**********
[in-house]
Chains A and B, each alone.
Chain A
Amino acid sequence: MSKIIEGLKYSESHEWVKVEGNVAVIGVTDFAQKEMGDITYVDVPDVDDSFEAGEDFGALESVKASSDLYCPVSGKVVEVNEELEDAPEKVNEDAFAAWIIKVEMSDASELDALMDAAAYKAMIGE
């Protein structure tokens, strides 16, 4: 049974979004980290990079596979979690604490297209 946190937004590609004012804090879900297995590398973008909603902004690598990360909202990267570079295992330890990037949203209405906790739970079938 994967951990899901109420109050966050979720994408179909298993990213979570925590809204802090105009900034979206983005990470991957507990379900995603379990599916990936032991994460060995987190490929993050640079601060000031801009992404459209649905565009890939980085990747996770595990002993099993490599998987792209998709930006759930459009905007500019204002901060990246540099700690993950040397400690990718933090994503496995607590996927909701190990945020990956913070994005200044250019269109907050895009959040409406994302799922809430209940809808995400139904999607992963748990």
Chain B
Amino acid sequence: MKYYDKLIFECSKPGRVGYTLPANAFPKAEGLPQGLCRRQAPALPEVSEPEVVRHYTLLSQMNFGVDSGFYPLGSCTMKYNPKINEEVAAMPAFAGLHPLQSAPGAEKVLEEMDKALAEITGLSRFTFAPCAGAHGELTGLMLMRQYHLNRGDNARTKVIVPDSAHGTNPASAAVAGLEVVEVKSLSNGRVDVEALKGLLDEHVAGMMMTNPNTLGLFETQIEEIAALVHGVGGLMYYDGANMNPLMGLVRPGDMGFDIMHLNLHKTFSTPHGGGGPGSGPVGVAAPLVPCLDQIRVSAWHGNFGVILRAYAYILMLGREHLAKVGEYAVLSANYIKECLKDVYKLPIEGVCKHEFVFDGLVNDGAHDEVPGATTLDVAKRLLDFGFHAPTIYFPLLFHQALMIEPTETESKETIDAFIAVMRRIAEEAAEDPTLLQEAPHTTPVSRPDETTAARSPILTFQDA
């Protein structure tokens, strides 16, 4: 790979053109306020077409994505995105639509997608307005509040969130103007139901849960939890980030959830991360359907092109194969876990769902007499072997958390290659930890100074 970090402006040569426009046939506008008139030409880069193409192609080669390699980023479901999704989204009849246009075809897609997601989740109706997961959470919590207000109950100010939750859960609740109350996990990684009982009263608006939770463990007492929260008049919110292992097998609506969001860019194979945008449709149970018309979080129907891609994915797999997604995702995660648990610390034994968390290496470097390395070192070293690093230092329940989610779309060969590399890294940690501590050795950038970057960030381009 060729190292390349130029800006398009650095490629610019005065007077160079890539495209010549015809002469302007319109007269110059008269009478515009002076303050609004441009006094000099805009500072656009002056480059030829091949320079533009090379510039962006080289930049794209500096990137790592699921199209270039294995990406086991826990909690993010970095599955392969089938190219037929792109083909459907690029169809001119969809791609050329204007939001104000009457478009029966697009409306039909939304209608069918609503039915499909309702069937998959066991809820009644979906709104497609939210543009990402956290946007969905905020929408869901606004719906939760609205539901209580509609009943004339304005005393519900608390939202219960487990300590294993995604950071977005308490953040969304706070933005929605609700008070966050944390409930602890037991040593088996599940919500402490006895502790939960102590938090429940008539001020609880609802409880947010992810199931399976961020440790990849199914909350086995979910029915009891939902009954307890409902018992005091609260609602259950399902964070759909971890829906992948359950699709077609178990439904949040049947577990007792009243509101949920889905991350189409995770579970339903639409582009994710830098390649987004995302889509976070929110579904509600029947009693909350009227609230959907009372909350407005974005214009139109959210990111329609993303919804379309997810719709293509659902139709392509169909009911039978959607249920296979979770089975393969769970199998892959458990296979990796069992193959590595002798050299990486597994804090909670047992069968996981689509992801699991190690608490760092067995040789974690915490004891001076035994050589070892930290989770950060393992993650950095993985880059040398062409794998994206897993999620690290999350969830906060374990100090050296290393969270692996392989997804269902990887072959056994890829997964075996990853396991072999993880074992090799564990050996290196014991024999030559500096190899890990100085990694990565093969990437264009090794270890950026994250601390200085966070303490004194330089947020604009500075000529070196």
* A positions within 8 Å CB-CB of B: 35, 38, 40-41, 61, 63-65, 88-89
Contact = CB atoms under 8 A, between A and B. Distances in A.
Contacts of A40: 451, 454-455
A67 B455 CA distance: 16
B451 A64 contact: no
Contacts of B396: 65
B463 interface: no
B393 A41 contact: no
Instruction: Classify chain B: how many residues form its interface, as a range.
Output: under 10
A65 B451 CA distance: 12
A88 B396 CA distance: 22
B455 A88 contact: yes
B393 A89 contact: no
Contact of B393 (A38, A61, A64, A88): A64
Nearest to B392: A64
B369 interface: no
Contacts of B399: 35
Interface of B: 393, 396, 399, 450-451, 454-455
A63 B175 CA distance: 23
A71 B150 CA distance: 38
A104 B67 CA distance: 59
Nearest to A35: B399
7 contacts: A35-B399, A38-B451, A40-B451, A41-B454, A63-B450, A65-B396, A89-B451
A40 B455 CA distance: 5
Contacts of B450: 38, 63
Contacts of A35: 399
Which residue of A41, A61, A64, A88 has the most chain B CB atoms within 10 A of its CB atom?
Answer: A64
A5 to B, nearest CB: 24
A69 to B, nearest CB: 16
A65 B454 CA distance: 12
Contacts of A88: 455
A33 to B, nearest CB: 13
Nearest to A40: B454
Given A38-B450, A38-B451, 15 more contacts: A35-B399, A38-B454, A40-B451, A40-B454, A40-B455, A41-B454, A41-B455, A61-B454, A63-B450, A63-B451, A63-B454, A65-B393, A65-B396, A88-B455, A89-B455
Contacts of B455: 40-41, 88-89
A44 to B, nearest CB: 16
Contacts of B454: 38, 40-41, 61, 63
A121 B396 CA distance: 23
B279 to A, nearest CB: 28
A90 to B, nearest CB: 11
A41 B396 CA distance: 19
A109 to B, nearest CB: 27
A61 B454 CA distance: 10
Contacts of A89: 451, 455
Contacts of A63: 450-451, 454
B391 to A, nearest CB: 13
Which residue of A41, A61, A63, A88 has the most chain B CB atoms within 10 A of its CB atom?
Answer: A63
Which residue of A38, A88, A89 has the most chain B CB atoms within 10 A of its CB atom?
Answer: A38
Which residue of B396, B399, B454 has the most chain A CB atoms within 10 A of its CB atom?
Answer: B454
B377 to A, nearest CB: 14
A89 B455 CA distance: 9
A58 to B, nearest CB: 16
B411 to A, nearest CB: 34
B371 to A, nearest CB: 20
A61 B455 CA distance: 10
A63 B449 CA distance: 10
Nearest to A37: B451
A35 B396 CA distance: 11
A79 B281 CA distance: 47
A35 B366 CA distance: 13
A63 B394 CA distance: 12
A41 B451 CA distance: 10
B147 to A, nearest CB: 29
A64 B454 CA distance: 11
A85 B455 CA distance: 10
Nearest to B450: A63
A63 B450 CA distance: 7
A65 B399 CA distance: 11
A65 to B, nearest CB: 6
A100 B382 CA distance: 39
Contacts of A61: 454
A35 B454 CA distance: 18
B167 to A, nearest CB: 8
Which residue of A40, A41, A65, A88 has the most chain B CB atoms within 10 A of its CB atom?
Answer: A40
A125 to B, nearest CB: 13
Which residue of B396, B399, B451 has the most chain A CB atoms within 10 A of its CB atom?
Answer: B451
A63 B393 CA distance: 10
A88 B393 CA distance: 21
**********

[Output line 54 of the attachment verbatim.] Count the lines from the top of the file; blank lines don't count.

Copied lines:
Contacts of A89: 451, 455